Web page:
On November 16, the Trump administration announced that it would proceed with plans to allow oil and natural gas drilling in the Arctic National Wildlife Refuge in Alaska—following through on another rollback of former president Obama’s climate policies. With the election now over, and president-elect Joseph Biden set to take office in January, will American climate policy seesaw back—with Biden rolling back Trump’s rollbacks? And will Biden make his own mark, going further on climate policy than even Obama? Here, Stanford Law Professor Deborah Sivas, who is also the director of both Stanford’s Environmental and Natural Resources Law and Policy Program and its Environmental Law Clinic, answers these and other questions.
President Trump rolled back a significant number of President Obama’s environmental initiatives. Do you know about how many?
Those who keep count have calculated somewhere between 100 and 125 Trump-era rollbacks of environmental and climate/energy initiatives. Roughly two dozen of these are still in progress and may or may not be finalized before January 20. But however you slice it, that’s a pretty stunning statistic.
Do you expect the Biden administration to quickly roll back the rollbacks? And how doable will that be?
The incoming Biden team is currently receiving lots of input about how to prioritize the rollback of rollbacks. Some Trump initiatives will be easier than others to withdraw. For instance, the new administration can rescind executive orders and informal guidance without much process. But if a Trump rollback went through the Administrative Procedure Act rulemaking process and became final, the relevant agency will generally have to go through another public rulemaking process to undo the Trump rule.
What do you think the first legal steps might be in achieving that rollback of the rollbacks?
The first step for some of these Trump rules, many of which are the subject of ongoing litigation, will likely be to stop defending them in court. For instance, an Obama-era rule defining what constitutes “Waters of the United States” under the Clean Water Act was replaced by the “Navigable Waters Protection” rule, which is now embroiled in litigation. And the Trump administration likewise replaced Obama’s “Clean Power Plan” with the “Affordable Clean Energy” rule, also currently under legal challenge. I expect the incoming administration to change the federal government’s current position in such lawsuits and then move into a process of rescinding the Trump rules. One open question is whether the Biden EPA and other agencies will simply try to put the Obama rules back into place or will try to include additional protections at this point.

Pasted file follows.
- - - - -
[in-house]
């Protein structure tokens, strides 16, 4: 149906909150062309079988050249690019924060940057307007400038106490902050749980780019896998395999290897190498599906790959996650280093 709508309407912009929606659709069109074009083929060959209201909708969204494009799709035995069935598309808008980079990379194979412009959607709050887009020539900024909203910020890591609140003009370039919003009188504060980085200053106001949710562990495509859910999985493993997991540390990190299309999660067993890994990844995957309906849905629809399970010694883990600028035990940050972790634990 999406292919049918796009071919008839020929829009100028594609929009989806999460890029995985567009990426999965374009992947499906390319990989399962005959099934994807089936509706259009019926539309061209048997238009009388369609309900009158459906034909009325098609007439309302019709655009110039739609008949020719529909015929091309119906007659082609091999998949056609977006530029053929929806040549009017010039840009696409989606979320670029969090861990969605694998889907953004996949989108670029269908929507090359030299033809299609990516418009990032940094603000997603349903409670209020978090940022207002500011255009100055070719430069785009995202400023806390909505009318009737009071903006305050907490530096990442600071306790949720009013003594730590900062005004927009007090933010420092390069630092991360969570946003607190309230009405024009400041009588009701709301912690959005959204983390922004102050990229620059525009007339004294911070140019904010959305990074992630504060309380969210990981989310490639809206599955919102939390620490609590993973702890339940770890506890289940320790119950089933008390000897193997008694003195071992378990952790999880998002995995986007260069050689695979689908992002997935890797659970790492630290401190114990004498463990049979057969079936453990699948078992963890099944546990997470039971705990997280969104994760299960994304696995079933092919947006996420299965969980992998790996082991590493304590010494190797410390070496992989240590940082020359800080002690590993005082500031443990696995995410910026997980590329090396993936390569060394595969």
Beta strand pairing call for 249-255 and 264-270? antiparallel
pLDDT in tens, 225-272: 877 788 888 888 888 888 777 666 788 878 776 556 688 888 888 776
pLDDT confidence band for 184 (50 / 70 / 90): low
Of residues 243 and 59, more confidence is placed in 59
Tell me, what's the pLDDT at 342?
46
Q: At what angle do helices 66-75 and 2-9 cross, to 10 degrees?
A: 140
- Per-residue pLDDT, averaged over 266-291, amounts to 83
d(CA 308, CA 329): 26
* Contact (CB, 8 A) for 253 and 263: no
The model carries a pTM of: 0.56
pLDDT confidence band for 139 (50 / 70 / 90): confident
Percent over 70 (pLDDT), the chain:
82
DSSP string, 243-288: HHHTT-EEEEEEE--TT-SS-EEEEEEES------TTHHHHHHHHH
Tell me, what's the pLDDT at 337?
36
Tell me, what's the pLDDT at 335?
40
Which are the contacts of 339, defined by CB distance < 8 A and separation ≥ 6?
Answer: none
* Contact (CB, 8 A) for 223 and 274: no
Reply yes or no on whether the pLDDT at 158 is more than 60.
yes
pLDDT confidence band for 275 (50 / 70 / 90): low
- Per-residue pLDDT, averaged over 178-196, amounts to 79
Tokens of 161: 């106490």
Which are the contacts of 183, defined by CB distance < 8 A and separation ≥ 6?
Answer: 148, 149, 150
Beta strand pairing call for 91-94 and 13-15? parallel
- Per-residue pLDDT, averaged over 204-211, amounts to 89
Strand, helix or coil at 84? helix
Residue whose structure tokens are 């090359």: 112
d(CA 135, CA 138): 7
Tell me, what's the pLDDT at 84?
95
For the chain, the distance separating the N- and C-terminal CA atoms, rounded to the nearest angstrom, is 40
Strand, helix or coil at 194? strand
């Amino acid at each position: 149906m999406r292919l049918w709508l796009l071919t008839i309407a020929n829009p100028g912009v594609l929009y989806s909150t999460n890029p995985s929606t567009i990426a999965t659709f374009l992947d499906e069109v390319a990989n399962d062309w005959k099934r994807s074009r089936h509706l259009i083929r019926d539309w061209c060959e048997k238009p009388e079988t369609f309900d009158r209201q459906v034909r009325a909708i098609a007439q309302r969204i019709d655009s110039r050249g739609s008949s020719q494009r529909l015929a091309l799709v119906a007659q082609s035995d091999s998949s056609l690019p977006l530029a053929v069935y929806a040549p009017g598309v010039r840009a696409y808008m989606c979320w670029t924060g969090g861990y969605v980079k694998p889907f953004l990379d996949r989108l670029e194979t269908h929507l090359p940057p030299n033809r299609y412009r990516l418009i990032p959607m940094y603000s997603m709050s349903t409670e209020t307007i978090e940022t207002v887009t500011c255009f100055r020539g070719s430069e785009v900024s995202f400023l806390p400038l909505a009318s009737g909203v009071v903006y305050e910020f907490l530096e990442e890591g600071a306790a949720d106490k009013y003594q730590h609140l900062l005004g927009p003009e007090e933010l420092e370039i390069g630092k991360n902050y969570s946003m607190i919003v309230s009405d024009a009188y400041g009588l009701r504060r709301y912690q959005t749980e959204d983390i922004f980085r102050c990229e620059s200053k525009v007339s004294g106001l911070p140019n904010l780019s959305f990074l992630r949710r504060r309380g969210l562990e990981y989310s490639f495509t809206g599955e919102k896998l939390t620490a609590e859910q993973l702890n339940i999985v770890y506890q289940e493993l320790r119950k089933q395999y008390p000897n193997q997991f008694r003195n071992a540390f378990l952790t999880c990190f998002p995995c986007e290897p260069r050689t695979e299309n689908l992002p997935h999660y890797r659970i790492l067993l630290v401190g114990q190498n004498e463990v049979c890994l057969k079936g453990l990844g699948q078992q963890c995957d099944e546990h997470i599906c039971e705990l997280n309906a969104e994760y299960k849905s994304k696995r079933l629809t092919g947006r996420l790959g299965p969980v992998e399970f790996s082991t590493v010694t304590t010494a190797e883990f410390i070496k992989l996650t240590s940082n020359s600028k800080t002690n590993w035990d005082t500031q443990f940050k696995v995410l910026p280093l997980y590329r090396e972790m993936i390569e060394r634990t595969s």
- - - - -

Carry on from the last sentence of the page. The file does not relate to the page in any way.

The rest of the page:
How quickly these new processes happen depends, in part, on getting the relevant agencies staffed, which includes installing new management teams and rebuilding capacity in the rank-and-file. I don’t think the public knows how many civil servants have left environmental agencies in despair, but the anecdotal information suggests greater attrition, even, than during the heyday of environmental deregulation under Ronald Reagan. It will take time to reverse this brain-drain and get appropriate people in place to work on new regulations. Maybe the silver lining is that there will be lots of opportunity for idealistic recent grads who want to impact environmental policy.
President elect Biden has said that he plans to rejoin the Paris Climate Accord. Is that still important?
Yes, very important, but not enough. Rejoining the Paris Accord is one thing Biden can do—and has pledged to do right away. Doing so will put the United States back on the right side of history. It will allow us to reengage the urgent international dialogue on climate policy, and I am hoping the world still wants to hear from us.
But we know that the Paris Accord is way too little at this point. The next steps will be even harder. In some ways, it feel like the world has reached a political (as well as an ecological) tipping point on the need for action, as everyone can now see the effects of climate change all around us. Whether that’s enough to spur meaningful international action remains to be seen.
And how about Fuel Economy Standards? Mary Barra, the General Motors chief executive, announced recently that the company would no longer support the Trump administration’s efforts to strip California of its ability to set its own fuel efficiency standards, saying: “President-elect Biden recently said, ‘I believe that we can own the 21st century car market again by moving to electric vehicles.’ We at General Motors couldn’t agree more.” Can you tell us why this is significant and if it will help Biden’s efforts to keep to or exceed the Obama administration’s goals on fuel economy standards?
Rolling back national vehicle fuel economy standards and stripping California of its ability to set higher standards are other examples of Trump actions that are now embroiled in litigation. But smart manufacturers see the writing on the wall. Several had already voluntarily agreed to meet stronger standards even if the administration prevailed in defending the Trump rollbacks. Having another major domestic auto manufacturer come on board is important. It means, in the end, that the game will be less about prescriptive regulations and lawsuits, and more about the marketplace. The Biden administration can strengthen the industry’s resolve by putting California’s standards, or something like them, back into place. But the key, in my view, is having manufacturers really buy into the paradigm shift. If industry innovates and aims to build better electric cars, batteries, and charging networks, rather than being dragged there by regulations that wax and wane with each administration, producers gain business certainty and they use their marketing genius to educate consumers along the way. If Detroit builds it better, the buyers will come.